SINGAPORE/NEW DELHI (Reuters) – Crisis talks between India’s cash-strapped Jet Airways Ltd and aircraft lessors have failed to ease a row over late payments, prompting some lessors to explore taking back aircraft, three people familiar with the matter told Reuters.
In what one of the people described as an ill-tempered showdown between the airline and some of the world’s leading leasing firms, Jet’s main lender State Bank of India sought to provide reassurance that India’s biggest full-service carrier is doing all it can to pay its staff, suppliers and creditors.
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“Jet has been delinquent for many months. Nobody wants to get in a situation where the problems worsen and it becomes even more difficult to take out aircraft,” one of the people said.
Jet controls over a sixth of a market experiencing an unprecedented boom in air travel. Yet high fuel taxes, a weak rupee and price competition have squeezed profitability, leaving Jet with 80.52 billion rupees ($1.14 billion) in net debt as at the end of September and defaulting on payments.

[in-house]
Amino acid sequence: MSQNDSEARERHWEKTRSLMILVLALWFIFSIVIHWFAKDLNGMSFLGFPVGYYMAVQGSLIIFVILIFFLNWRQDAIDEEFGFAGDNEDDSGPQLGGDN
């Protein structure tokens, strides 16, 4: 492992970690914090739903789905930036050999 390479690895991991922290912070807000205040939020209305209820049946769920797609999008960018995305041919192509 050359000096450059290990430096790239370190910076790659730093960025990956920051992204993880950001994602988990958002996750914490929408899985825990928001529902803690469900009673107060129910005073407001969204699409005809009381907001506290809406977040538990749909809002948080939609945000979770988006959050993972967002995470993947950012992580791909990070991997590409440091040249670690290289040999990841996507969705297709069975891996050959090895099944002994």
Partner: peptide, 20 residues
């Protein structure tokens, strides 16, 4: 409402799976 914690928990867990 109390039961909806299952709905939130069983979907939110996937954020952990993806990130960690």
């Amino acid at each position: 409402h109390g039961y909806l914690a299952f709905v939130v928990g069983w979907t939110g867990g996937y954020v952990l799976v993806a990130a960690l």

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The airline had previously told some lessors it would clear arrears by Dec. 31, but was unable do so, the people close to the matter said.
At meetings on Tuesday, held at SBI’s headquarters in Mumbai’s business district, the bank’s Chairman Rajnish Kumar was asked how Jet planned to raise equity or debt, said one of the people – an attendee, who found the responses lacked sufficient detail.
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Other attendees included Jet’s management team, including the airline’s founder and Chairman Naresh Goyal, as well as a senior adviser of Etihad Airways, which owns 24 percent of Jet and which did not provide any assurances, the person said.
An official from Punjab National Bank later said lenders have “in-principle” agreed to extend some help to Jet, but details on the mechanics of it are still being...
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